Heck, yes.  But I knew it'd go for a premium price.  I wouldn't be able to afford to buy it...unless I sold my half-interest in the Stinson.

I couldn't get the prospect out of my mind.  I called a friend of mine, the A&P who used to annual N500F.  I knew he also annualed "Lux-o-Baby."  "It's for sale, Ed," I said.

"If he wants less than a half-million dollars, you BUY that airplane, Ron."

Gulp.  Ed is a retired engineer who formerly mainained Lockheed Constellations for Northwest Airlines.  He knows airplanes, and is a real stickler.  I called my EAA Tech Counselor...same thumbs-up.

I called the owner, to let him know I was definitely interested.  "I just want to get her a good home, Ron...I'd rather sell her to you than anybody else."

Gulp.  I didn't want to just sell my half-Stinson to anybody.  I decided to ask Mike if he wanted the whole airplane back.

"Sure," he said.  He didn't even think about it.

So, tonight, I flew "Lux-o-baby" to her new home.  This Fly Baby is better equipped *than the Stinson*. Electrical system.  Starter. Lights.  Radio.  Transponder.  ELT.  LORAN.  G-meter.  Auxillary power port.  Baggage compartment.  Map pockets.  Knee pads.  *Heater*, for cripes' sakes.  Twelve years old, 110 hours total time.  70 hours SMOH on the Continental C-85-12.

Like old times? Sort of, but not really.  I'm going to have to do some cockpit mods to get some semblance of legroom.  I'm quite a bit heavier than the previous owner, so the plane is a bit tailheavy (no elevator trim).   The shoulder harnesses run from the floor directly behind the seat (awkward to don/can cause spinal injuries in crash).  Aileron controls were a bit sluggish...the plane didn't have the gap seals that N500F had (Time to go to Home Base Aerospace for some Duct Tape).  The turtledeck baggage shelf had only the small access door; not big enough to let me cram my camera bag inside.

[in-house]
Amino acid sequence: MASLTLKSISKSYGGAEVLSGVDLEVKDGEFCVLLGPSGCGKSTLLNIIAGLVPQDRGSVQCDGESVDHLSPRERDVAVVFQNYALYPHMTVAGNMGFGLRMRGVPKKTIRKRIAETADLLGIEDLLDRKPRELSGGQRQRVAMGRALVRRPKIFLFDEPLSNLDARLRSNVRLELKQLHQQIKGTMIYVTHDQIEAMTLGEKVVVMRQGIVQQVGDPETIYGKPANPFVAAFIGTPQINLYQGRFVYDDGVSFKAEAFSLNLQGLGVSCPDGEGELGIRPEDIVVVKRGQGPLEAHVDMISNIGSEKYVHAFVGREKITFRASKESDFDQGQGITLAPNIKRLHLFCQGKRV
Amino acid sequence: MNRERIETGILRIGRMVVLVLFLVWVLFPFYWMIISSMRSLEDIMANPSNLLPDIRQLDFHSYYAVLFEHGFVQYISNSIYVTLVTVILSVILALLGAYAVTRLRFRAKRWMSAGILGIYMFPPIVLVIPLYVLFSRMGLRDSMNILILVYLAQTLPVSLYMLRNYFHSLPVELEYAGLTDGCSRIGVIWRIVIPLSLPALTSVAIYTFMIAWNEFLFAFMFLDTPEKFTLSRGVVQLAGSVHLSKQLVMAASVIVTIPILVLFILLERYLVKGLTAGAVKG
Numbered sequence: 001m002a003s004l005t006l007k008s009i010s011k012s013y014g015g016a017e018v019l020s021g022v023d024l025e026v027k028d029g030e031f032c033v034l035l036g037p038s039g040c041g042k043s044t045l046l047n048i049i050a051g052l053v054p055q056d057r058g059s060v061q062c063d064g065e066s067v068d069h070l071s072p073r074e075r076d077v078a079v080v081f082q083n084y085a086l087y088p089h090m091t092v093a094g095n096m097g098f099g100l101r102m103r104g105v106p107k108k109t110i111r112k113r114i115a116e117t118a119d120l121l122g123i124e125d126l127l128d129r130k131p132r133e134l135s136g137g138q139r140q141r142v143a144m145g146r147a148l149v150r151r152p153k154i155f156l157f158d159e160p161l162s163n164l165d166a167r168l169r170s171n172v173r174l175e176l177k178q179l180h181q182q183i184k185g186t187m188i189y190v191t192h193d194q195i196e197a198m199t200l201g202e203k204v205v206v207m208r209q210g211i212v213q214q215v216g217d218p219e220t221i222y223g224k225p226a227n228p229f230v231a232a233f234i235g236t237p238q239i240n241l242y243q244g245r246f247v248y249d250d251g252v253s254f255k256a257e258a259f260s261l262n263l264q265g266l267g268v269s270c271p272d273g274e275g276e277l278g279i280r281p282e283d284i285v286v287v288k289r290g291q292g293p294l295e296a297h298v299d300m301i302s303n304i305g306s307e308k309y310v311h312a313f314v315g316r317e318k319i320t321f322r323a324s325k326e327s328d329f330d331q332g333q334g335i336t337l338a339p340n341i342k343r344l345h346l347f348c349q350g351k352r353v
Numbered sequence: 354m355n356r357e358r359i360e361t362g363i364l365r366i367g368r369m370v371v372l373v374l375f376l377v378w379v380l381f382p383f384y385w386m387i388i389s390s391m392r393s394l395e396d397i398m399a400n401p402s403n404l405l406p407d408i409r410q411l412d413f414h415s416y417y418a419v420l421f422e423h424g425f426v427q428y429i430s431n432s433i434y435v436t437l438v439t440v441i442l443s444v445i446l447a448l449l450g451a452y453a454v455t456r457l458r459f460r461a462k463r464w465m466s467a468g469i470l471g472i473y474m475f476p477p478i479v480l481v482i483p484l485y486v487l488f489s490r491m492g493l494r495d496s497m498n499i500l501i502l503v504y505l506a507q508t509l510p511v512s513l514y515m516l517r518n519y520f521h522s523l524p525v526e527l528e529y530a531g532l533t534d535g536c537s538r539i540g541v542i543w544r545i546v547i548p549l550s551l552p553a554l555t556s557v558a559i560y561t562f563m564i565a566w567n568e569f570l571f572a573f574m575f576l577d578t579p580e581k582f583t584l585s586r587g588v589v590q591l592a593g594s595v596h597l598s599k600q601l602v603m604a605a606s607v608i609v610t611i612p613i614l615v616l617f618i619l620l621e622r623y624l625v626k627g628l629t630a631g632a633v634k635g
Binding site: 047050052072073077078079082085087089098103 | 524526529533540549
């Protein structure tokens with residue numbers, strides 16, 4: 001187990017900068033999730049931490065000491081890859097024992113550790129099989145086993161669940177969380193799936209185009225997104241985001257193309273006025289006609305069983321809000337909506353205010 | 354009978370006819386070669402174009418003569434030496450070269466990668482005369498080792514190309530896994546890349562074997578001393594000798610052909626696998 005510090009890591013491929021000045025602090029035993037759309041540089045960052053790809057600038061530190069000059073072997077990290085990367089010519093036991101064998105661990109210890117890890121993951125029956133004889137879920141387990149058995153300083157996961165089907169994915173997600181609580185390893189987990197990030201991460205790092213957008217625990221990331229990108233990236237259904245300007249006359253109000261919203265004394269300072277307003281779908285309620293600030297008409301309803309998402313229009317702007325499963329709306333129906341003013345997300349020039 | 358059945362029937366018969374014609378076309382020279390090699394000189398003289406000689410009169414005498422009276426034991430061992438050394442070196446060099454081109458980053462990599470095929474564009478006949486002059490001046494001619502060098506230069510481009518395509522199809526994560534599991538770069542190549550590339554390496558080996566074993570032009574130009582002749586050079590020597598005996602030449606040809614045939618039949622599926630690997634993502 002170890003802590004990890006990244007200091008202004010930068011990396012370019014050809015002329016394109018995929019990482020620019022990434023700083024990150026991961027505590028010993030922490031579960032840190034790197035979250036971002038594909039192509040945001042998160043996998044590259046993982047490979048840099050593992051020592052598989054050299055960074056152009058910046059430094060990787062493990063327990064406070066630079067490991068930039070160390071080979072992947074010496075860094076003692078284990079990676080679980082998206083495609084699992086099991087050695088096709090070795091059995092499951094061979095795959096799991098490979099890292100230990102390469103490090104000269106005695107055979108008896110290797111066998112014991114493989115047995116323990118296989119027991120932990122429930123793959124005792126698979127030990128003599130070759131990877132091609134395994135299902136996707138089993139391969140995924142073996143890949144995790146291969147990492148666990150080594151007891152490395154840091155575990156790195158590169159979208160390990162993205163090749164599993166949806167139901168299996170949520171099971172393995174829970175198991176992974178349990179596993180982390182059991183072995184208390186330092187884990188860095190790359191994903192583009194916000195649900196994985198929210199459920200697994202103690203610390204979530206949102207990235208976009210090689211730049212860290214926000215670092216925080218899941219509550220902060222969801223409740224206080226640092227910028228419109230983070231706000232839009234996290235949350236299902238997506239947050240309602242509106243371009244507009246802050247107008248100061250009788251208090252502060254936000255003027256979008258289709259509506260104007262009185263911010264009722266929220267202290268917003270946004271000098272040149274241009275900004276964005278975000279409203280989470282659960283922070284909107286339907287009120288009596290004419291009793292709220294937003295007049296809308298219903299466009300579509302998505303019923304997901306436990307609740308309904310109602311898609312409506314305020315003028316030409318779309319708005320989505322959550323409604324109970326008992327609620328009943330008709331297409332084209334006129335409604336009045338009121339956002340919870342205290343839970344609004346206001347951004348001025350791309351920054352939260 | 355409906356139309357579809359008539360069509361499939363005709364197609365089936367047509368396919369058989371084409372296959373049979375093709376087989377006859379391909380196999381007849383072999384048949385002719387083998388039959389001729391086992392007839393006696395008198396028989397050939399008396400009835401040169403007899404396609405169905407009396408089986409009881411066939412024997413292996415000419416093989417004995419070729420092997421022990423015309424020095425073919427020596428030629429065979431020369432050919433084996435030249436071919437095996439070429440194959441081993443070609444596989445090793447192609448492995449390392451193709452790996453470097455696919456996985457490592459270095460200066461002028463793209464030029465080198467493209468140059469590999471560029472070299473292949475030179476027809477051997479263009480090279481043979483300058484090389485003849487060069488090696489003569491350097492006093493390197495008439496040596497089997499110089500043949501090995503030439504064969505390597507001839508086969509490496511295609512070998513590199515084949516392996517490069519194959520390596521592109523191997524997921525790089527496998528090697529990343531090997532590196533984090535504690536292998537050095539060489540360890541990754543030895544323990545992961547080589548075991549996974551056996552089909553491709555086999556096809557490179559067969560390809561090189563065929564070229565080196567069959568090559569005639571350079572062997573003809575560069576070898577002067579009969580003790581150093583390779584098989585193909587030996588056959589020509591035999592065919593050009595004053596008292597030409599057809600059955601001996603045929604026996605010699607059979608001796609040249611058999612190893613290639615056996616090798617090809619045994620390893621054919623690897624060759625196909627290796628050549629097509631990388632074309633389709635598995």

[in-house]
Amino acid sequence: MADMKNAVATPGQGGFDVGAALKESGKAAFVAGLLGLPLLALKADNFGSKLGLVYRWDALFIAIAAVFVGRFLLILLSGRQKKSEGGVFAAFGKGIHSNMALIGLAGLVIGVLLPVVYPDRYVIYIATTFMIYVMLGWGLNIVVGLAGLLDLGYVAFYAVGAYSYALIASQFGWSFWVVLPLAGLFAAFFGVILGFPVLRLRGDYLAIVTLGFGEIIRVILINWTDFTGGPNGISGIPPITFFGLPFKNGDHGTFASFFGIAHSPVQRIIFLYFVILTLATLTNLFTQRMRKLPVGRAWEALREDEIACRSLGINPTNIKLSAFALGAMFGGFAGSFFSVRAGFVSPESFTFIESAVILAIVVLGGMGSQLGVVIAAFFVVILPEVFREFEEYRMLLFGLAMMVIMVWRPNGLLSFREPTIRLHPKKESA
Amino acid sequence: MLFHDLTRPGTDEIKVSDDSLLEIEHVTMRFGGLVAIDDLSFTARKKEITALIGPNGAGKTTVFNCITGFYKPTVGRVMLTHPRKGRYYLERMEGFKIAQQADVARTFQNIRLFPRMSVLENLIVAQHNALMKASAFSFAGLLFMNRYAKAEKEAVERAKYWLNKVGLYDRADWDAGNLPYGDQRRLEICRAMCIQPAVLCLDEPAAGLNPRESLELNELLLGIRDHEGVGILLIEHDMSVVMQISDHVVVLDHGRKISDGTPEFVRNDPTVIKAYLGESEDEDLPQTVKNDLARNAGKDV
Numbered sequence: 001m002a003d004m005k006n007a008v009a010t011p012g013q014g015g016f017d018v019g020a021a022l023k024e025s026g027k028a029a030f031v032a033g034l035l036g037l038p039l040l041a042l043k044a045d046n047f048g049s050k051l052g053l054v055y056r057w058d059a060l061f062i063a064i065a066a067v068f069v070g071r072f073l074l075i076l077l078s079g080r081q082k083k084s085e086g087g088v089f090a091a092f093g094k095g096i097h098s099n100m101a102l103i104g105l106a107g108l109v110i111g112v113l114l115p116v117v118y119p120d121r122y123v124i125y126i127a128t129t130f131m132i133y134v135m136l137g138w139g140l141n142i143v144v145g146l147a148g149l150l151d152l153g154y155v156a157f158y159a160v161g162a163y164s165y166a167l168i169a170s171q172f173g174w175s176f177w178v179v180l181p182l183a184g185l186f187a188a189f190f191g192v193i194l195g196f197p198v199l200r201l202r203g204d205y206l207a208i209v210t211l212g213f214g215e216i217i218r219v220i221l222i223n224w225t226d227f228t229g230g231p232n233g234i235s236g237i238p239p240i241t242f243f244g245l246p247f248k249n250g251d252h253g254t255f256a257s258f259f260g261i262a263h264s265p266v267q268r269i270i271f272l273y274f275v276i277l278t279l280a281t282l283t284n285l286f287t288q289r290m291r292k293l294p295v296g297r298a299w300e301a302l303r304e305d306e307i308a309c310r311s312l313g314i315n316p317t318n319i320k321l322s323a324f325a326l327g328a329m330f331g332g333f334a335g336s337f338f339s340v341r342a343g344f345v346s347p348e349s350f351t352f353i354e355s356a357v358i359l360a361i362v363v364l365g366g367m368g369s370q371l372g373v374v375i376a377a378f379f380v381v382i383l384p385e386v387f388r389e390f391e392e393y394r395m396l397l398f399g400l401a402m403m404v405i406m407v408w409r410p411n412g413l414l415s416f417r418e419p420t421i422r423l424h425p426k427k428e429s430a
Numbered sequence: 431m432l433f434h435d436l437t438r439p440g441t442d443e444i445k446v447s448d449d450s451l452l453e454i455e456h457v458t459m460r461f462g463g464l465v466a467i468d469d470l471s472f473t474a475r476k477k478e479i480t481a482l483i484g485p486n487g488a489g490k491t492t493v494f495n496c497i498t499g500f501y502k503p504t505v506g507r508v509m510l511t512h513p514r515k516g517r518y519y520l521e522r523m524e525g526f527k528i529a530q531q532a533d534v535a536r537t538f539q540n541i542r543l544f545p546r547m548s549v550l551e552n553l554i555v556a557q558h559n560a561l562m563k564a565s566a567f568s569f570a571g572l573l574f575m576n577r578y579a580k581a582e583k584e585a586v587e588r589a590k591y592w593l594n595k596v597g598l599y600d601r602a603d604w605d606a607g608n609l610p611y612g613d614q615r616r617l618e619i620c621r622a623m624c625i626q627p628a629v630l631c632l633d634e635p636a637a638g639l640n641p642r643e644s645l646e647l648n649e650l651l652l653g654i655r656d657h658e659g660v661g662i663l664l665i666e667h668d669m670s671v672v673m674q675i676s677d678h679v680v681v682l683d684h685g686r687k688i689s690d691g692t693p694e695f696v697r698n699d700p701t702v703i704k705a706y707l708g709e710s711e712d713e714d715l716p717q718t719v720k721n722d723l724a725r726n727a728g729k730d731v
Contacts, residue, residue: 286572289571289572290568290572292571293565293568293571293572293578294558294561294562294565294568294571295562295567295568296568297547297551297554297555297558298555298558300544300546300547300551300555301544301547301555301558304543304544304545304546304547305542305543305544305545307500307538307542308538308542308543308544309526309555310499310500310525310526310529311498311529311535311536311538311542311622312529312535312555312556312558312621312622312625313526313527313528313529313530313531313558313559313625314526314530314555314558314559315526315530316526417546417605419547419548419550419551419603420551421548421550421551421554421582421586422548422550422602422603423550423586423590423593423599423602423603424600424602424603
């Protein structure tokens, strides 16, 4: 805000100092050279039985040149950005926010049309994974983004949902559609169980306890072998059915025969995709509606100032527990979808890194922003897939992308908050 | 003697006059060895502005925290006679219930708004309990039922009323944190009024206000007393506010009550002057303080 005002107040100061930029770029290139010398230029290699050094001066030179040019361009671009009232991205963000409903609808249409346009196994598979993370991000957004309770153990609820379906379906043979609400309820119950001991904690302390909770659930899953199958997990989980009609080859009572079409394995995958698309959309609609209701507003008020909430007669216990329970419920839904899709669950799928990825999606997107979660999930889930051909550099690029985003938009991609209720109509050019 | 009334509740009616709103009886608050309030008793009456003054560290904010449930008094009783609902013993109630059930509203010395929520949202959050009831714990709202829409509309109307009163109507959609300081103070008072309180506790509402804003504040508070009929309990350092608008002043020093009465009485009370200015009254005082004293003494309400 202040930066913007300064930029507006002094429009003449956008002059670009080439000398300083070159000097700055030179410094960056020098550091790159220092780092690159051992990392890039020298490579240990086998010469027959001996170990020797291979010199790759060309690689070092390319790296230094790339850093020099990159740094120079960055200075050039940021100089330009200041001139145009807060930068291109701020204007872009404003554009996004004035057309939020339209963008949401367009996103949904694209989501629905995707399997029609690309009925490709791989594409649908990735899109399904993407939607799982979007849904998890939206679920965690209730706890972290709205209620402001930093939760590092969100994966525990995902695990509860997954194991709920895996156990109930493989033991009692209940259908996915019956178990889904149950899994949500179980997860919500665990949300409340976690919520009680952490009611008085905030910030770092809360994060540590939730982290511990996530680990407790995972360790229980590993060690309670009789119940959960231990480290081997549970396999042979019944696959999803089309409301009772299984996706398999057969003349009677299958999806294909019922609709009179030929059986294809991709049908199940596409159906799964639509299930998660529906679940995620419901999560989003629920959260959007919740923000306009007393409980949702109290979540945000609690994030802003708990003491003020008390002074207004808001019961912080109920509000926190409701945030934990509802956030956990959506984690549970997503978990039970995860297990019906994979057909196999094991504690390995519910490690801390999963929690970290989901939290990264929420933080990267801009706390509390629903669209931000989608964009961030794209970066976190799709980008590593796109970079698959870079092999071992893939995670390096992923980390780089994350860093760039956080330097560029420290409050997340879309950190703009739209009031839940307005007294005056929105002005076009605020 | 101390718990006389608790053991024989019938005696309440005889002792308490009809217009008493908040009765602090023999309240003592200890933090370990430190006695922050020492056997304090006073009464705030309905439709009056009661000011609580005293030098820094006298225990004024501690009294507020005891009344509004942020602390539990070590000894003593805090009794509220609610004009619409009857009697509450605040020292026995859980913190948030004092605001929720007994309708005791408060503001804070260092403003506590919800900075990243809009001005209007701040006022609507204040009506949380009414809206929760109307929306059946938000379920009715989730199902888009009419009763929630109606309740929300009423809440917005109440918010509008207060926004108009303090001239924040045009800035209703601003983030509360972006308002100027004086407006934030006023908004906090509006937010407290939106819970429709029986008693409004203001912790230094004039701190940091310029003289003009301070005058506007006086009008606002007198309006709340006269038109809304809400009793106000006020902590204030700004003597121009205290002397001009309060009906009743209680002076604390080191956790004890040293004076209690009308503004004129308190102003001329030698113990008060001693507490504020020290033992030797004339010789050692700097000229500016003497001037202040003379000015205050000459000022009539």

But the feel was there.  The same breeze past the open cockpit.  The radio headset couldn't quite drown out the shriek of the wires.  I'll have months or years to get the plane tweeked up the way I want it.

I tucked the new Fly Baby under the wing of my hangar-mate's Vari-Eze, a task made much easier by Lux-o-Baby's full-swivelling tailwheel.  I make a cockpit cover from a UBT (one of those 'Ubiquitous Blue Tarps'), tied down the wings and tail, then stepped back to look at the result.

The look was quite a bit different.  Instead of N500F's faded circus red-and-yellow, I had Lux-o-Baby's pinstriped beige and green.  Instead of N500F's neat-but-worn custom cockpit cover, I had the blue tarp and bungee cord monstrosity.

I looked on the floor.  Two years of wind and rain blowing though the open hangar had erased the chalk outline I'd drawn to mourn the departure  of N500F.  Had it still been there, the new Fly Baby would have filled the outline exactly.

Lux-o-Baby doesn't quite fill the hole in my heart.  But it'll grow.  It'll  grow.

Comments? Contact Ron Wanttaja.